Despite a legal aid group asking the commonwealth court to grant an injunction, a small cash assistance for the poor has ended, effective Thursday.
The GOP-controlled legislature spearheaded a contentious repeal of the program in this year’s state budget.
It had served about 11,000 people statewide and gave them roughly $200 per month. The governor’s office has estimated it would have cost about $24.5 million out of the $34 billion budget.
When House and Senate Republicans were moving the repeal, they added a provision that allocated money for Philadelphia hospitals.
Democratic Governor Tom Wolf said that provision tied his hands, forcing him to sign the legislation.
“I support General Assistance. I support cash assistance,” he told reporters. “I tried to keep it. The General Assembly did not want to keep it.”
Now, Wolf’s administration is in the awkward position of having to defend the repeal in court.
The state Department of Human Services is the defendant in the lawsuit from Community Legal Services of Philadelphia. The department has hired an outside firm, Philadelphia-based Blank Rome LLP, to argue the case.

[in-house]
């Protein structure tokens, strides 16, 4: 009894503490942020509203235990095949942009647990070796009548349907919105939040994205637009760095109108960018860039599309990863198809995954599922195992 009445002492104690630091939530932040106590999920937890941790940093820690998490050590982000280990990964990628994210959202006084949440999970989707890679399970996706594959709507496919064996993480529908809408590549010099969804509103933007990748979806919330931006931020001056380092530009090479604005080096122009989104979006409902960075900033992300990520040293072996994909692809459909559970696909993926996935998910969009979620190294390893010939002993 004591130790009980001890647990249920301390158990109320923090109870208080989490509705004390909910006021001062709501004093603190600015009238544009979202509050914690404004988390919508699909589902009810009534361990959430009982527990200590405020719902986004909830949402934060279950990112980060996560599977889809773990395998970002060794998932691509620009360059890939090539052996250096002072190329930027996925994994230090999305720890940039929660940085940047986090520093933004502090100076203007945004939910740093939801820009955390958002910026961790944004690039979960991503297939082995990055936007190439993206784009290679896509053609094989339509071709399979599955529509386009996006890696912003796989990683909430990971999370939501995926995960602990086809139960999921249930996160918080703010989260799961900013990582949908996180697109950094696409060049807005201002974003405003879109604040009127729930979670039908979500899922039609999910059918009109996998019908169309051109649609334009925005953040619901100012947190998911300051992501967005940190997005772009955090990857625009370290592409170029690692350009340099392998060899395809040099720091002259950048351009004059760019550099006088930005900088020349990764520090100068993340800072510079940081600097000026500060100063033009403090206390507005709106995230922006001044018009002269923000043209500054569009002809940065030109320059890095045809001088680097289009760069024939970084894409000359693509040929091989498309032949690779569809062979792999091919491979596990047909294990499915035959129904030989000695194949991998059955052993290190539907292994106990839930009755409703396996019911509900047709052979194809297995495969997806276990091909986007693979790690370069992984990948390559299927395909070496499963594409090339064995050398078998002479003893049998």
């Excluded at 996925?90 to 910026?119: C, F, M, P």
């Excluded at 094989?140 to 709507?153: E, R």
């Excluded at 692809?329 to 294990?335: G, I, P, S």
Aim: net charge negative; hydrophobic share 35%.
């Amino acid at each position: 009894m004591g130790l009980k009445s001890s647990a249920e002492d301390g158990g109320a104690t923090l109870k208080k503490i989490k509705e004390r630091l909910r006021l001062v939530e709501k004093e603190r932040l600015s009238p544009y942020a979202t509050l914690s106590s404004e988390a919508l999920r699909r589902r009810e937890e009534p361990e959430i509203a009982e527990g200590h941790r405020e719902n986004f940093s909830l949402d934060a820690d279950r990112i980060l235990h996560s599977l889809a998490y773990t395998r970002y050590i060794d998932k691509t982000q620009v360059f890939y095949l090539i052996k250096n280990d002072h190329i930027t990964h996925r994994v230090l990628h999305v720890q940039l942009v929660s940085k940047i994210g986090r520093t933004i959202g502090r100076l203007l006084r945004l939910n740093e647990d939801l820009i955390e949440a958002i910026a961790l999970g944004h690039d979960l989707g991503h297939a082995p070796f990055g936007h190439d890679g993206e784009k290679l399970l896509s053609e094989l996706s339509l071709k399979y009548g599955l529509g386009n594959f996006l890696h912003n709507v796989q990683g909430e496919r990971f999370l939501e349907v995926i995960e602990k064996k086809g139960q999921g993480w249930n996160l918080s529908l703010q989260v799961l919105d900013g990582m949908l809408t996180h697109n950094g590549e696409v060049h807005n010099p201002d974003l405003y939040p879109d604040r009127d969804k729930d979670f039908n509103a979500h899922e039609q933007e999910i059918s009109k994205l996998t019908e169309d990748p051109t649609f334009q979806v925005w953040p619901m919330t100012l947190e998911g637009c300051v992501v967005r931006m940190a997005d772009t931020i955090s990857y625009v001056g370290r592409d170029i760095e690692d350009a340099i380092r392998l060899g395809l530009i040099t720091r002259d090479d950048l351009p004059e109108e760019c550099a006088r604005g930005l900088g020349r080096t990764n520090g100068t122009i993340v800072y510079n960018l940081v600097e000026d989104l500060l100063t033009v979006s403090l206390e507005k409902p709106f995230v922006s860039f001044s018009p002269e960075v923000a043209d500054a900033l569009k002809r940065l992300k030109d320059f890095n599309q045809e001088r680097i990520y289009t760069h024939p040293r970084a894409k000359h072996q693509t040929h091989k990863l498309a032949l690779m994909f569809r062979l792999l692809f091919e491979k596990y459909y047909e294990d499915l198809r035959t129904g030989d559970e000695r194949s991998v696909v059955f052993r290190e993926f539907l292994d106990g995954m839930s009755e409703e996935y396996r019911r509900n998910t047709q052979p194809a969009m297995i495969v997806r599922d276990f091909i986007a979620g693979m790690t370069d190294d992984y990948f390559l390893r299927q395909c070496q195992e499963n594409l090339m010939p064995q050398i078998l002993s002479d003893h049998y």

A spokesman for the governor said it is a standard measure, and that “complex constitutional litigation” sometimes requires the “additional resources of outside firms.”
Lead Community Legal Services attorney Maria Pulzetti said she and her colleagues were hoping the court would act before the program ended.
“Our main concern is for our clients,” she said. “Our clients will not be having any subsistence income.”
So far, she said, they have heard nothing from the court.
That doesn’t necessarily preclude an injunction. But Pulzetti noted, it does mean General Assistance recipients may struggle with the “stability of their housing and their conditions of living and their health and their food security.”
General Assistance was repealed once before, in 2012. After six years of litigation, a court overturned the repeal last year, saying lawmakers had passed it too quickly, violating Article III, Section 1 of the constitution, which says legislation must be considered on three different days without significant changes.
But in their decision, the justices also footnoted a parallel.
“Our court,” they wrote, “utilizes the same germaneness test to determine whether the manner of passage of a bill violates Article III, Section 1 and Article III, Section 3 [the single-subject rule].”
The plaintiffs’ argument against the repeal this time relates to the single-subject rule, which they say lawmakers violated by passing the repeal alongside Philadelphia hospital money.